Skip to main content

For the first time this year, will offer HD coverage of March Madness online.DETROIT
Interest in college basketball continues to expand beyond geographical and media borders as the NCAA ramps up coverage of March Madness.

A new Asian broadcast deal, Web content syndication, wireless and online initiatives (including HD streaming), along with an expected record attendance for the Final Four at Detroit's Ford Field football stadium all contribute to the event's continuing popularity.

"The 2009 NCAA Men's Final Four will touch more people in more ways than ever before," said Greg Shaheen, NCAA senior vice president of basketball and business strategies.

March Madness officially tips off with "Selection Sunday," March 15. ESPN will broadcast the "Play in Game" between the 64th and 65th contenders, March 17. CBS will take over the Big Dance, from Round One (March 19-20) through the National Championship on April 6.

The NCAA's deal with the newly formed Hong Kong-based All Sports Network pay-TV service could add an additional 225-250 million viewers in Asia. Xinhua Sports will provide the telecast in China.

"[ASN will] probably take about 25 games total, one for each of the potential windows; we deliver about 27 games on a multilateral basis," said Rich Lefler, principle, R&S Consulting, the seven year-old New York-based media consultancy that brokered the deal. "The pan-regional footprint for that many games is new."

A record number of fans is expected to attend the Final Four the weekend of April 4-6, according to the NCAA.

The 2 million-square-foot Ford Field hosts an average 65,000 NFL fans during Detroit Lions' games. According to Bob Gardner, senior director, facility management, unlike other stadiums, basketball games held in Ford Field are not half-stadium events; they're "50-yard line configurations," he said.

Specially built risers and bleachers such as those found in Ford Field accommodate even larger crowds for college basketball.

"The NCAA's riser system for the 2008 regionals went up and over our walls [by] 12 rows. We're going up 21 rows for the Final Four," said Gardner. "They've extended that rise of three to four inches [between rows for NFL games] to eight or nine in some circumstances."

Basketball-oriented sightlines also required raising the basketball court itself by 29 inches, said Gardner. The higher elevation raised new challenges for broadcast.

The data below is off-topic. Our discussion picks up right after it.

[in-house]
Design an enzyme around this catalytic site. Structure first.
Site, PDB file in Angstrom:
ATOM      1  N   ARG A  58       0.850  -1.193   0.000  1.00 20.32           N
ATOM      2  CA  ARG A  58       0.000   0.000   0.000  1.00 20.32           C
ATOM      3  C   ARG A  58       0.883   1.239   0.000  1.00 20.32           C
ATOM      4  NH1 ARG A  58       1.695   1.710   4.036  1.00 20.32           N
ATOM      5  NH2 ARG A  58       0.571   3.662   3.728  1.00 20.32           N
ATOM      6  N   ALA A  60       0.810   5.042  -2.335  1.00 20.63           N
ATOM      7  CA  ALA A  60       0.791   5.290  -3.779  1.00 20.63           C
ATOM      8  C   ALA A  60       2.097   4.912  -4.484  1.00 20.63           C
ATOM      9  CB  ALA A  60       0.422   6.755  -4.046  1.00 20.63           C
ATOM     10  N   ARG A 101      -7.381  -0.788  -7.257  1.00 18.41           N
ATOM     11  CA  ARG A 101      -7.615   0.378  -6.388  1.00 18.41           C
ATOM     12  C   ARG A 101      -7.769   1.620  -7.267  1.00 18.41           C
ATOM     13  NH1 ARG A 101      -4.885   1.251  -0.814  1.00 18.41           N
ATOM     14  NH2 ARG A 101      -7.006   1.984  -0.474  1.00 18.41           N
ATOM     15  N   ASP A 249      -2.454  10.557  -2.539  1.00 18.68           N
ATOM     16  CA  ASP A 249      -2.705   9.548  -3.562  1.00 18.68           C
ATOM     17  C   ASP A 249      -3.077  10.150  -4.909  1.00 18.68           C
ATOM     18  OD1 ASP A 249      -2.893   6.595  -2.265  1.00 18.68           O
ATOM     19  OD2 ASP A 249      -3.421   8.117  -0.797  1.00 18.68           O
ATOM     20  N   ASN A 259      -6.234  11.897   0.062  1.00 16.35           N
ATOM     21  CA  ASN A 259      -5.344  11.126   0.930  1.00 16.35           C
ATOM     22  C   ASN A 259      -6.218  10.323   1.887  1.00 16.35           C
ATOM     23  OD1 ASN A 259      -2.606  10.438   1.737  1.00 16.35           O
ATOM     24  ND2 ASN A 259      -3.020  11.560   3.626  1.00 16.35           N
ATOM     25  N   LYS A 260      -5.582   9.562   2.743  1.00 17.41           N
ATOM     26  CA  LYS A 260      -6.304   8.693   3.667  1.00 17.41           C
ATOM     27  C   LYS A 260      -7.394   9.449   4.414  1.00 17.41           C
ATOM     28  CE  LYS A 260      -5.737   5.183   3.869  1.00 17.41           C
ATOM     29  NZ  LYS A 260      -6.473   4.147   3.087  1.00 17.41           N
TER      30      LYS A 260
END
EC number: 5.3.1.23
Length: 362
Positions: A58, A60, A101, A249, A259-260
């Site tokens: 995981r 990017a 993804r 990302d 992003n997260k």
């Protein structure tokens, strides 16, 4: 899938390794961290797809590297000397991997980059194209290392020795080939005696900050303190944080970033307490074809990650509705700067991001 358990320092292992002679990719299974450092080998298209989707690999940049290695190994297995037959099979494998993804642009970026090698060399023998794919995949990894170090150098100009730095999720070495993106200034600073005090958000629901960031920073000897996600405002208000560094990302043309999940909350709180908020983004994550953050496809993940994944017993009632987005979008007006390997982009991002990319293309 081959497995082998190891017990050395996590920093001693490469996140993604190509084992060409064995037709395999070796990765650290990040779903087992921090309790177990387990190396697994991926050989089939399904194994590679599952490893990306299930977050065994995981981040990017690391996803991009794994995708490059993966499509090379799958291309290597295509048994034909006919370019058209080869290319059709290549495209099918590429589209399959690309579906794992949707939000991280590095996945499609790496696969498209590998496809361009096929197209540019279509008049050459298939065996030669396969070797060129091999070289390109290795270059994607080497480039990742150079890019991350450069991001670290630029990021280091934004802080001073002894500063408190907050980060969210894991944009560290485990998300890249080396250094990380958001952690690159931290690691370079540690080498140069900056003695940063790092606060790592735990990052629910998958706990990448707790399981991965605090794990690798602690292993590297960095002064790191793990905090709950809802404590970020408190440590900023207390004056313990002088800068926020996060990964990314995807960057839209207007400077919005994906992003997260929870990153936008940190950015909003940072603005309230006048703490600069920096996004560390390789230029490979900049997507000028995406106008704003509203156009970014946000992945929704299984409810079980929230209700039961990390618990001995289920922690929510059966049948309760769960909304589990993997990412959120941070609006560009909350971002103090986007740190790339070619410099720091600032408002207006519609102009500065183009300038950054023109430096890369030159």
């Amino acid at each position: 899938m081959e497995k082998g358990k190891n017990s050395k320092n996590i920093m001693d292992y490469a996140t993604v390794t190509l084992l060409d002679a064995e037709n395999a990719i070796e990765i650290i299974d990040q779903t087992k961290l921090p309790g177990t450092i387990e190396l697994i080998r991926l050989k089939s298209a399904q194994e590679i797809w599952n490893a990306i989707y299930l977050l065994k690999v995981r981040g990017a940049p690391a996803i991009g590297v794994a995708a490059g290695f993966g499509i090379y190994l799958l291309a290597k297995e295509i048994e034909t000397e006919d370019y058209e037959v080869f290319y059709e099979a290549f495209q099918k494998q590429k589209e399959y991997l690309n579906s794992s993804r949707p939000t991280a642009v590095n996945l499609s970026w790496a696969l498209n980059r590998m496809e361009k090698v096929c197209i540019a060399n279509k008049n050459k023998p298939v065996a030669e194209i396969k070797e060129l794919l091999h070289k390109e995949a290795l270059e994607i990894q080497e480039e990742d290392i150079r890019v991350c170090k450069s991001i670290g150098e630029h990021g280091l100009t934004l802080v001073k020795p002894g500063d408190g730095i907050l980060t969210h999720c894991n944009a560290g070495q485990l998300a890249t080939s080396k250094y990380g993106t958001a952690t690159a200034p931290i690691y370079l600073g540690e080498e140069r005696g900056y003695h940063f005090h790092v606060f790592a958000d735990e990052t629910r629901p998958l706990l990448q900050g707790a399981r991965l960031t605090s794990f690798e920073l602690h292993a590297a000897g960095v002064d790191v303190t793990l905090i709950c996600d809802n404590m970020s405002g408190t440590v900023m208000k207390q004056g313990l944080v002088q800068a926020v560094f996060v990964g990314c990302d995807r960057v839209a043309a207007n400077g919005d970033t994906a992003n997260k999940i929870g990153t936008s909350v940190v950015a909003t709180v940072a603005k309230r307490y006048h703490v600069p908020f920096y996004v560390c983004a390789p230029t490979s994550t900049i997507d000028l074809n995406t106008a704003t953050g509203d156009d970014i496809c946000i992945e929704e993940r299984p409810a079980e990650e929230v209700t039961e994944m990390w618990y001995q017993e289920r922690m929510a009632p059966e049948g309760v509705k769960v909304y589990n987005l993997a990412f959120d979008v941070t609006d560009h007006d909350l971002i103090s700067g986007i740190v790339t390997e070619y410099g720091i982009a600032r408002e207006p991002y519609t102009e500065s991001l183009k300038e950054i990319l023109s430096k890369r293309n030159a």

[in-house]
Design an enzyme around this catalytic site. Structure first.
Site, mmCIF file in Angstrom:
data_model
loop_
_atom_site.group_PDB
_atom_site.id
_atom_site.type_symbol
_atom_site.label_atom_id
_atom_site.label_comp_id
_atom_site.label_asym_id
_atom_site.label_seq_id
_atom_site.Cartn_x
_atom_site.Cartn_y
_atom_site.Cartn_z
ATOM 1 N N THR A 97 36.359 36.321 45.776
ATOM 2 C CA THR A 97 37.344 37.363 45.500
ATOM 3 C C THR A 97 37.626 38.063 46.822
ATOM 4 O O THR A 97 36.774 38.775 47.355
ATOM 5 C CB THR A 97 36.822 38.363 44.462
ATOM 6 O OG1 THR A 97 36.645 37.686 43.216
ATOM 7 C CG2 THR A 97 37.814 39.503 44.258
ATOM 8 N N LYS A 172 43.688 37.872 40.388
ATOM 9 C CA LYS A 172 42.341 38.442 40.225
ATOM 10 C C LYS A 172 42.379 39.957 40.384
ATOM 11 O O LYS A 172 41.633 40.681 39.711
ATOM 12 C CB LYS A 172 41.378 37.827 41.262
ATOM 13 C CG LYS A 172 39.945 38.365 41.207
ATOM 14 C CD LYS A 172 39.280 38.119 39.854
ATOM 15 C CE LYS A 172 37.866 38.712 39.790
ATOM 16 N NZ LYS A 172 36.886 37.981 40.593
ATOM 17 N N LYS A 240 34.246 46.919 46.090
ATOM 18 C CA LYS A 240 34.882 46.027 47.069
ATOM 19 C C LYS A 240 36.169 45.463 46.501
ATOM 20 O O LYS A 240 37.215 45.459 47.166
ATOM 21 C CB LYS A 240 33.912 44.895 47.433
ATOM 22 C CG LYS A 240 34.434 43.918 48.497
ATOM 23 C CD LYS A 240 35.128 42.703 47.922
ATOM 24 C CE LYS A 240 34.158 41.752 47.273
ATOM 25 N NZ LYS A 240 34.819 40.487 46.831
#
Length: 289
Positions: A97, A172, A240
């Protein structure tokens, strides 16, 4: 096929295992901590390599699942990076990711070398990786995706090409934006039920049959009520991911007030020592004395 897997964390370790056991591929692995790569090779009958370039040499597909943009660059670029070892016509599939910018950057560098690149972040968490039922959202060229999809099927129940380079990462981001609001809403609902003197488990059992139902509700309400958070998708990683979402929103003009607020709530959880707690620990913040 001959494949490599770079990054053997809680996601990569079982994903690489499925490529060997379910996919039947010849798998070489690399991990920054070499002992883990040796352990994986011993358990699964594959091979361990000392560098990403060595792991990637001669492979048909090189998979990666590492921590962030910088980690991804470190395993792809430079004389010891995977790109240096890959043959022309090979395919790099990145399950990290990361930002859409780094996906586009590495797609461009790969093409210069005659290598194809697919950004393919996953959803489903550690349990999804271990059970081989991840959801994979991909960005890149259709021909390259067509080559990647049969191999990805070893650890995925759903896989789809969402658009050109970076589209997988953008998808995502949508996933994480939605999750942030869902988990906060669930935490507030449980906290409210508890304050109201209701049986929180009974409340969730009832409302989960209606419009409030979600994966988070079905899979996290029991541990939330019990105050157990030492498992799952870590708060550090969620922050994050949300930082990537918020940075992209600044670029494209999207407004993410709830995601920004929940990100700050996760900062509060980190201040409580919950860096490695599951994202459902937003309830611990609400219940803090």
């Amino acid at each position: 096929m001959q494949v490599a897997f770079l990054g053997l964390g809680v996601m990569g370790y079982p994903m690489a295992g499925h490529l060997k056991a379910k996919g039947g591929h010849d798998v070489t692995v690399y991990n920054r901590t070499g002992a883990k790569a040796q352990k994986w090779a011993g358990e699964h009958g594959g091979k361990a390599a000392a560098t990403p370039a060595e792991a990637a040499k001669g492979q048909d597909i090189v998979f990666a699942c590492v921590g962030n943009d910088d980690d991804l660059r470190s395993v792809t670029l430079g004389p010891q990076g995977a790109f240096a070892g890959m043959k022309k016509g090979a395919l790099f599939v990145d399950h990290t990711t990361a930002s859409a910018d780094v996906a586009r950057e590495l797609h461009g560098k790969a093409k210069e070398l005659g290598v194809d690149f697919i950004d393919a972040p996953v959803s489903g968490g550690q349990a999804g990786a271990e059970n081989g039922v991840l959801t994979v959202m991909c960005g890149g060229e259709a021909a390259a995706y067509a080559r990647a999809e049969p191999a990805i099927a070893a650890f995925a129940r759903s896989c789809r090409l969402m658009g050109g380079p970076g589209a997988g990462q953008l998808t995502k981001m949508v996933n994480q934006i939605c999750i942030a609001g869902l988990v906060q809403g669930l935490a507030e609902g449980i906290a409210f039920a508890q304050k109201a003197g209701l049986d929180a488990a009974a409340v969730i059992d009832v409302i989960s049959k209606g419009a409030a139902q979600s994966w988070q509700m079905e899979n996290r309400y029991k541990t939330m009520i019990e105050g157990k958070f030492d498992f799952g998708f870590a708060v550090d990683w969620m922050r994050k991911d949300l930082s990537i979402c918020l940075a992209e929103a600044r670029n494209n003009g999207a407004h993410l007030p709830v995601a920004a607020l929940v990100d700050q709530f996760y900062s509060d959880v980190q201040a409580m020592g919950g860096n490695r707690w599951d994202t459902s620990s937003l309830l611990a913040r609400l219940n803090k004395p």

"We [use] robotic cameras that are set on the floor level at the free throw line, which shows the free throws and gives you a feeling for the crowd in the background," said Ken Aagaard, executive vice president, operations and production services, CBS Sports. "The raised floor [would] expose them."

At press time, CBS was working on alternative sight lines, a new FlyCam package and virtual graphics application, as well as a new approach to accommodate the talent.

"We have to put our announcers at courtside on a platform so that we can get them at least half-way up, otherwise they'd be looking at everyone's sneakers; but you don't want to block too many seats," Aagaard said.

The 50-yard line configuration also presented challenges for broadcast, (half court setups cede half the area for basketball, the other half for media).

The stadium planned to convert 20,000 square feet of basement storage into a media hospitality area with interview rooms, according to Gardner, necessitating the installation of telecommunications, air conditioning, power, lighting and other accoutrements.

"That's just part of it," he emphasized. "We have to make network compounds on the outside of the building—and get the cabling from the outside areas around the perimeter back to the building."

Ford Field in Detroit, which hosted the 2008 NCAA Men's Midwest playoffs, will be the site of the Final Four this year.NEW MEDIA

Online streaming of the NCAA playoffs has become extremely popular since CBS launched "March Madness on Demand" in 2003.

Last year, MMOD started showing all 63 games—from the first round of the tournament through the semifinal and final games of the Men's Final Four—making it the only major sporting event broadcast live and in its entirety for free on the Internet. According to CBS, approximately 4.8 million users logged onto MMOD in 2008, garnering $23 million in ad revenue.

This year, CBS will offer its first ever live, high-quality stream of a major sporting event by adding the option of HD online via Microsoft's Silverlight. The player will stream the enhanced hi-def content at up to 1.5 Mbps; an SD player will serve up the action at about 550 kbps. Both will be offered free of charge beginning March 19.

In addition, significantly more partner Web sites will link directly into MMOD, said Jason Kint, senior vice president and general manager for

"It's pretty turnkey—it's literally a snippet of code that they can put on their [Web] sites [that will] drive people in," said Kint of the application. "We've made it even simpler this year, so they have the ability to link straight into specific games if they want, rather than in through the front door."